All dimensions given in the tables are in millimeters except where indicated. "Total Track" refers to the distance from the exit surface of the prism to the image. "Maximum Field" is the maximum linear half length of the tilted object projected onto a vertical surface. "Primary Wave" is the monochromatic wavelength used in designing the lens system. The tables are constructed on the assumptions that light travels from left to right in the figures and that the object and the image satisfy the Schleimpflug condition.
The aspheric coefficients set forth in Tables 1, 3, and 5 are for use in the following equation: ##EQU1## where z is the surface sag at a distance y from the optical axis of the system, c is the curvature of the lens at the optical axis, and k is a conic constant, which is zero except where indicated in the tables. Instead of using the above equation, the aspheric surface for the lens system of Table 2 is defined by an even power polynomial having the coefficients shown in the table, where r is the distance from the optical axis.
FIG. 1 and Table 1 illustrate a lens system constructed in accordance with the invention which employs a cylindrical lens (L2) for distortion correction. As shown in FIG. 1C, the lens system produces a rectangular image of a rectangular object. In particular, the crosses in this figure are calculated image points while the grid represents the ideal rectilinear image. The field used in producing this figure was 18.5 millimeters wide and 26.2 millimeters high, while the image was 3.6 millimeters wide and 5.1 millimeters high.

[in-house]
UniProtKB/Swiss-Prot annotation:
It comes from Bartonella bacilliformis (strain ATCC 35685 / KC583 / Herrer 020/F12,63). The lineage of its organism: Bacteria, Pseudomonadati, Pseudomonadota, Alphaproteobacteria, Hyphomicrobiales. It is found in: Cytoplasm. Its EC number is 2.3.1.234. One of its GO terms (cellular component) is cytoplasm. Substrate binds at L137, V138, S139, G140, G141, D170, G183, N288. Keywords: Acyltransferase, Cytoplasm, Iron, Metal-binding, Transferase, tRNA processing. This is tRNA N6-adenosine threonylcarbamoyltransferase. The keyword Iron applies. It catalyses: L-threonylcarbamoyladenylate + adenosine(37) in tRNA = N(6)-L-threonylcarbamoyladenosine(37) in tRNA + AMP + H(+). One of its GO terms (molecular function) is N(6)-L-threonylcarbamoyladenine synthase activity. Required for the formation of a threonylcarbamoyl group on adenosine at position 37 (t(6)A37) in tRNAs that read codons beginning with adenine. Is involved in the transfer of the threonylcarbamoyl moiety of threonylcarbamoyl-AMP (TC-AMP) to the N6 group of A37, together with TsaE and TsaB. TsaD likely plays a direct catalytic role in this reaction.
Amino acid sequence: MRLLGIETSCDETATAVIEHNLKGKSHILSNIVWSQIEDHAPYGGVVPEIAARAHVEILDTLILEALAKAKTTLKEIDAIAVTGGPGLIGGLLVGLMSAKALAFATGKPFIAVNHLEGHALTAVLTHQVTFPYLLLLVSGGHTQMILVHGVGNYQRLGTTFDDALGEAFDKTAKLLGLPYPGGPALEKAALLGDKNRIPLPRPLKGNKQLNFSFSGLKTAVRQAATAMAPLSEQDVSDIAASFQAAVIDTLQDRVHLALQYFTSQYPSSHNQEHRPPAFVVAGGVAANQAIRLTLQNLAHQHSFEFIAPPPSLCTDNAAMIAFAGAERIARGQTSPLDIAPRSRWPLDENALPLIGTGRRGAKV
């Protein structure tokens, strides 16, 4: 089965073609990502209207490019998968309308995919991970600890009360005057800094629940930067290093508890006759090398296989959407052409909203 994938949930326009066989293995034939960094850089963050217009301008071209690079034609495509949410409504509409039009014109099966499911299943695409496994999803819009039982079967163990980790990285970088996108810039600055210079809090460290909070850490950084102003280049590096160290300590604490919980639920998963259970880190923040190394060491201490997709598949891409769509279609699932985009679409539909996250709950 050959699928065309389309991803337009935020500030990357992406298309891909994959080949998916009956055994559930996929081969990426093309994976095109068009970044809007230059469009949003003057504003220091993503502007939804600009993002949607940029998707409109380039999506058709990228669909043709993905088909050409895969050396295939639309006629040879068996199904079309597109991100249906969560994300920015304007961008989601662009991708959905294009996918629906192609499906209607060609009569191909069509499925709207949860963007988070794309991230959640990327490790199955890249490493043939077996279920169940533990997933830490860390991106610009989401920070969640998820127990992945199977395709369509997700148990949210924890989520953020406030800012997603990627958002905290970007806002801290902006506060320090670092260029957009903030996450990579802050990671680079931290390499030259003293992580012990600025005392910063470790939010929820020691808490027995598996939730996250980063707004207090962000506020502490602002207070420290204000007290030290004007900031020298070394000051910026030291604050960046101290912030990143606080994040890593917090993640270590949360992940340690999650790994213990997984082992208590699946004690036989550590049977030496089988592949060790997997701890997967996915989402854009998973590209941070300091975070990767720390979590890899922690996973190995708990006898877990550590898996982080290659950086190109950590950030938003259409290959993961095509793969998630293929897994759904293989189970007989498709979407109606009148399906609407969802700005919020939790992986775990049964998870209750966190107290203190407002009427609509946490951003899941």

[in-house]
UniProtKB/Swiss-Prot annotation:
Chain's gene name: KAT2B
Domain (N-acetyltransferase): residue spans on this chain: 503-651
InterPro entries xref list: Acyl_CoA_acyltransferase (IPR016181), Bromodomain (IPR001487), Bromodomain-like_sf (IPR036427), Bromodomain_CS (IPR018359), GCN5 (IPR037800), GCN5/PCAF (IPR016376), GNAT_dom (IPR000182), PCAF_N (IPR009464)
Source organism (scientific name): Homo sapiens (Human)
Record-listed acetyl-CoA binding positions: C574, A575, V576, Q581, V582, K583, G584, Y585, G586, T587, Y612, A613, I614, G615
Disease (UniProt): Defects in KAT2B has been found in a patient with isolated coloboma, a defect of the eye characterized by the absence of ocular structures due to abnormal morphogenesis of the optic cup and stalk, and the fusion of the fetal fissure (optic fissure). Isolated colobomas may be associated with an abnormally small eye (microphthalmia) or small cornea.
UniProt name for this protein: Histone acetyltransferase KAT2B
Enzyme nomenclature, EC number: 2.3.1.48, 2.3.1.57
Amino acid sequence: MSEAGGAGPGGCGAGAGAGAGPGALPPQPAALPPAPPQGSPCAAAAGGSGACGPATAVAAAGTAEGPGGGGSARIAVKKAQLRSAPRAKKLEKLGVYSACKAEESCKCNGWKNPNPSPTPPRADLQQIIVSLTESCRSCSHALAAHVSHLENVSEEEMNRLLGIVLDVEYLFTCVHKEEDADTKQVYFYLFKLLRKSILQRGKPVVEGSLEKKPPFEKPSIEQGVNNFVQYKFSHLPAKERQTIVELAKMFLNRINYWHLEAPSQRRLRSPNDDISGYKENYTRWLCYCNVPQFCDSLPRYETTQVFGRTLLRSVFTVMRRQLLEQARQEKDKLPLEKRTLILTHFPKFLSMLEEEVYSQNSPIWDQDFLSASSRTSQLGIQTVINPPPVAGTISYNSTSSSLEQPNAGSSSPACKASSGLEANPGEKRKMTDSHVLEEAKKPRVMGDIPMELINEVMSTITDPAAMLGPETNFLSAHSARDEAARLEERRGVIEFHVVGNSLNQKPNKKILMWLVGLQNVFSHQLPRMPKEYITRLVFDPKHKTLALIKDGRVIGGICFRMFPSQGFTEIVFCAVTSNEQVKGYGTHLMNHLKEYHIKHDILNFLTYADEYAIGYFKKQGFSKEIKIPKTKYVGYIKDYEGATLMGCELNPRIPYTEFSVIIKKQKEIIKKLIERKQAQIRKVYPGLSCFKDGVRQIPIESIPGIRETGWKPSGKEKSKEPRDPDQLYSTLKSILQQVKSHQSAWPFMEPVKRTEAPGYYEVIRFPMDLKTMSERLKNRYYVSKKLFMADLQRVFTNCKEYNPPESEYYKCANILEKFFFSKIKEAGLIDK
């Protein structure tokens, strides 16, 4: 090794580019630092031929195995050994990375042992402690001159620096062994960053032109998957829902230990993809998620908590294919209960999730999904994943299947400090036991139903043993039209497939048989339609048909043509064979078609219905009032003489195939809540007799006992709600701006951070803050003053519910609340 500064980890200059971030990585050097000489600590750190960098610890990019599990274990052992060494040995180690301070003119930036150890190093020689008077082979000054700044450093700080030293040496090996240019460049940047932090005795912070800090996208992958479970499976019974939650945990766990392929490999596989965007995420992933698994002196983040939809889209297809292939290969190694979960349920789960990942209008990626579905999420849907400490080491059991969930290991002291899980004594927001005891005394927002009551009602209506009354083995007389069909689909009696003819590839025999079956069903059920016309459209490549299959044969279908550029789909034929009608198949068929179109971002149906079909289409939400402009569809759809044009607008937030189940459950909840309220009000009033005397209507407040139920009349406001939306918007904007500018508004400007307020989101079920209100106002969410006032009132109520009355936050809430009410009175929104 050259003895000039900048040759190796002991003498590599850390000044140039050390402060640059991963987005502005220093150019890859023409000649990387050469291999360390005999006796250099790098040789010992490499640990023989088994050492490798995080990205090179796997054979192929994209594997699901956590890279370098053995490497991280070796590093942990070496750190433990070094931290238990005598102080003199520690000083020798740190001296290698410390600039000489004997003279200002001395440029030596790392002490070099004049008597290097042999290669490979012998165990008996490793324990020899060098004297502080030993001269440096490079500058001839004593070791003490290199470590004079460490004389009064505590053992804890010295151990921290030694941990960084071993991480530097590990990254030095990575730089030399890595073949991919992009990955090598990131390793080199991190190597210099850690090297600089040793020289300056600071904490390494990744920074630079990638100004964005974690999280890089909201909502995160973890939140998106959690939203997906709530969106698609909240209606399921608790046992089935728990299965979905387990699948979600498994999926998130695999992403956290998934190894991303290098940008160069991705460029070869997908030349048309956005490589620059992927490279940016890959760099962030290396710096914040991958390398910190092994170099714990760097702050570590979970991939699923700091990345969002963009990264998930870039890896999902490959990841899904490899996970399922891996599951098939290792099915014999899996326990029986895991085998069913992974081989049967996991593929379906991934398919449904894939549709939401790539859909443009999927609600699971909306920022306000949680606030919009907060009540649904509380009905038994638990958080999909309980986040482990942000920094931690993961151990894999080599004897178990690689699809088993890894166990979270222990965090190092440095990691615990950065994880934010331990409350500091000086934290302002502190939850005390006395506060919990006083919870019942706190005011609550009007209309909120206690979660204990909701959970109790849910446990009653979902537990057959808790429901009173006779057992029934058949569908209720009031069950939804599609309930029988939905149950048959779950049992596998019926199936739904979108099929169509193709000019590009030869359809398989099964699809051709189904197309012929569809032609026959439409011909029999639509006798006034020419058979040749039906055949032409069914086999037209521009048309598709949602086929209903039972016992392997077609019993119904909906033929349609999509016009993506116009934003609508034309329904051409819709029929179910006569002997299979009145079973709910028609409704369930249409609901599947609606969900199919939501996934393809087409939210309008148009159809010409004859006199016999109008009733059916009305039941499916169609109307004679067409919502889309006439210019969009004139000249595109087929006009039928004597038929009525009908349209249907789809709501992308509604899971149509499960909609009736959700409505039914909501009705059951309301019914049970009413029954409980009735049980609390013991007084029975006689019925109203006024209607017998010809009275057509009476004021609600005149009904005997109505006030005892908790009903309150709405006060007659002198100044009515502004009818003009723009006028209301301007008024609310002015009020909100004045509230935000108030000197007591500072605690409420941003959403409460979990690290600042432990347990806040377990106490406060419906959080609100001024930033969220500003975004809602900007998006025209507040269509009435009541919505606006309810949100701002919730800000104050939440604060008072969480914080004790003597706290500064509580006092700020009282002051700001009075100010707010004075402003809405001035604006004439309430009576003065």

FIGS. 2-5 and Tables 2-5 illustrate various lens systems constructed in accordance with the invention which employ only rotationally symmetric lens elements, as opposed to a cylindrical element as in FIG. 1 and Table 1. As illustrated in FIG. 2B, these lens systems produce a square image of a rectangular object. In particular, the field used in producing this figure was 18.5 millimeters wide and 26.2 millimeters high, as in FIG. 1C, but the image, rather than being rectangular, is a square 3.5 millimeters on a side. As discussed above, rectangular data can be obtained from this square image by processing the image after detection either with electronic hardware or with computer software. As in FIG. 1C, the crosses in FIG. 2B are calculated image points while the grid represents the ideal rectilinear image.
The lens systems of FIGS. 2-5 illustrate the following features of the invention: FIG. 2 illustrates the use of a conic first lens element, a spherical glass second lens element, and a molded plastic third lens element having one aspherical surface; FIG. 3 illustrates an all plastic system where each lens element has one aspherical surface; FIG. 4 illustrates an all glass spherical system; and FIG. 5 illustrates a system having a short object to image distance.